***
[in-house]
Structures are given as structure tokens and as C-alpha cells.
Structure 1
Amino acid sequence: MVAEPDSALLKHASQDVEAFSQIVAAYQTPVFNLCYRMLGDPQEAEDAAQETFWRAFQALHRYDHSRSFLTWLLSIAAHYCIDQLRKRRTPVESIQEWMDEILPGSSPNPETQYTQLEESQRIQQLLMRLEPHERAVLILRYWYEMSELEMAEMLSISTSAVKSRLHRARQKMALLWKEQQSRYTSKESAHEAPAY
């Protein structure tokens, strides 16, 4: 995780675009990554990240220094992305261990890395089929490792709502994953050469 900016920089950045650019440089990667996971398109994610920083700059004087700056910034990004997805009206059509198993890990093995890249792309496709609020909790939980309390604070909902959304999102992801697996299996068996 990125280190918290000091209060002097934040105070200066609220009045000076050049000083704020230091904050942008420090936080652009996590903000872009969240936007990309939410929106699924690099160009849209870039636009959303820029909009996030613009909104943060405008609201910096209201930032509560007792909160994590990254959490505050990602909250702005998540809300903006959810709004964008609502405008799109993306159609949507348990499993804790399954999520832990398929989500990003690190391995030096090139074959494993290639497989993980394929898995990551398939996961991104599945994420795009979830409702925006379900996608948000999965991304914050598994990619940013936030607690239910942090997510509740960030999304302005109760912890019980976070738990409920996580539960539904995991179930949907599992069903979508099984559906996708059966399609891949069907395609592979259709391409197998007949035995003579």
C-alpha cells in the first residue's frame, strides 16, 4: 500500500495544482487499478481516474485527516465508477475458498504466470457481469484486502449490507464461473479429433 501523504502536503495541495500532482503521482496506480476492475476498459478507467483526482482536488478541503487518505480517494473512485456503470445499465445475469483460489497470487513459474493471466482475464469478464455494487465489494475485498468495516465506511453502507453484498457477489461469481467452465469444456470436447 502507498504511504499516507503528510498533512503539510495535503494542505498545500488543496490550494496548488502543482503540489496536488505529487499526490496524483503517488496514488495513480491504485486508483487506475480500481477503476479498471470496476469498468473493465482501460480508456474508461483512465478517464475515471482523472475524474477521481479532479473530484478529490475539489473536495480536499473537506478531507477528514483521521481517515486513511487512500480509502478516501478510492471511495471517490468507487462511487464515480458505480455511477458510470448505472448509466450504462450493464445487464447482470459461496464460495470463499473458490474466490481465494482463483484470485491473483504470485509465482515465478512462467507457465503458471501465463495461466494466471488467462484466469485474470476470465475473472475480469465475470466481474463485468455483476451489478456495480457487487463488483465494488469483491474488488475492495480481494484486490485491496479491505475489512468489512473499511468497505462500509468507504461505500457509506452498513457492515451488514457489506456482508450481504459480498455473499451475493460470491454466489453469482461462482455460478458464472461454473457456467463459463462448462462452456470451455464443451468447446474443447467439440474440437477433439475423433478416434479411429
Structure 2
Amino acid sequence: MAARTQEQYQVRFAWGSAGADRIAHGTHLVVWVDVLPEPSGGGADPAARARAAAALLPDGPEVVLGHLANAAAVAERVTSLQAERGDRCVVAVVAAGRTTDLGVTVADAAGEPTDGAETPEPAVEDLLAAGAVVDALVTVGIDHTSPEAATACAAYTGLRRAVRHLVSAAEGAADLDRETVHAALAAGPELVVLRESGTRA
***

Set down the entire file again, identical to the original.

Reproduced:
[in-house]
Structures are given as structure tokens and as C-alpha cells.
Structure 1
Amino acid sequence: MVAEPDSALLKHASQDVEAFSQIVAAYQTPVFNLCYRMLGDPQEAEDAAQETFWRAFQALHRYDHSRSFLTWLLSIAAHYCIDQLRKRRTPVESIQEWMDEILPGSSPNPETQYTQLEESQRIQQLLMRLEPHERAVLILRYWYEMSELEMAEMLSISTSAVKSRLHRARQKMALLWKEQQSRYTSKESAHEAPAY
């Protein structure tokens, strides 16, 4: 995780675009990554990240220094992305261990890395089929490792709502994953050469 900016920089950045650019440089990667996971398109994610920083700059004087700056910034990004997805009206059509198993890990093995890249792309496709609020909790939980309390604070909902959304999102992801697996299996068996 990125280190918290000091209060002097934040105070200066609220009045000076050049000083704020230091904050942008420090936080652009996590903000872009969240936007990309939410929106699924690099160009849209870039636009959303820029909009996030613009909104943060405008609201910096209201930032509560007792909160994590990254959490505050990602909250702005998540809300903006959810709004964008609502405008799109993306159609949507348990499993804790399954999520832990398929989500990003690190391995030096090139074959494993290639497989993980394929898995990551398939996961991104599945994420795009979830409702925006379900996608948000999965991304914050598994990619940013936030607690239910942090997510509740960030999304302005109760912890019980976070738990409920996580539960539904995991179930949907599992069903979508099984559906996708059966399609891949069907395609592979259709391409197998007949035995003579």
C-alpha cells in the first residue's frame, strides 16, 4: 500500500495544482487499478481516474485527516465508477475458498504466470457481469484486502449490507464461473479429433 501523504502536503495541495500532482503521482496506480476492475476498459478507467483526482482536488478541503487518505480517494473512485456503470445499465445475469483460489497470487513459474493471466482475464469478464455494487465489494475485498468495516465506511453502507453484498457477489461469481467452465469444456470436447 502507498504511504499516507503528510498533512503539510495535503494542505498545500488543496490550494496548488502543482503540489496536488505529487499526490496524483503517488496514488495513480491504485486508483487506475480500481477503476479498471470496476469498468473493465482501460480508456474508461483512465478517464475515471482523472475524474477521481479532479473530484478529490475539489473536495480536499473537506478531507477528514483521521481517515486513511487512500480509502478516501478510492471511495471517490468507487462511487464515480458505480455511477458510470448505472448509466450504462450493464445487464447482470459461496464460495470463499473458490474466490481465494482463483484470485491473483504470485509465482515465478512462467507457465503458471501465463495461466494466471488467462484466469485474470476470465475473472475480469465475470466481474463485468455483476451489478456495480457487487463488483465494488469483491474488488475492495480481494484486490485491496479491505475489512468489512473499511468497505462500509468507504461505500457509506452498513457492515451488514457489506456482508450481504459480498455473499451475493460470491454466489453469482461462482455460478458464472461454473457456467463459463462448462462452456470451455464443451468447446474443447467439440474440437477433439475423433478416434479411429
Structure 2
Amino acid sequence: MAARTQEQYQVRFAWGSAGADRIAHGTHLVVWVDVLPEPSGGGADPAARARAAAALLPDGPEVVLGHLANAAAVAERVTSLQAERGDRCVVAVVAAGRTTDLGVTVADAAGEPTDGAETPEPAVEDLLAAGAVVDALVTVGIDHTSPEAATACAAYTGLRRAVRHLVSAAEGAADLDRETVHAALAAGPELVVLRESGTRA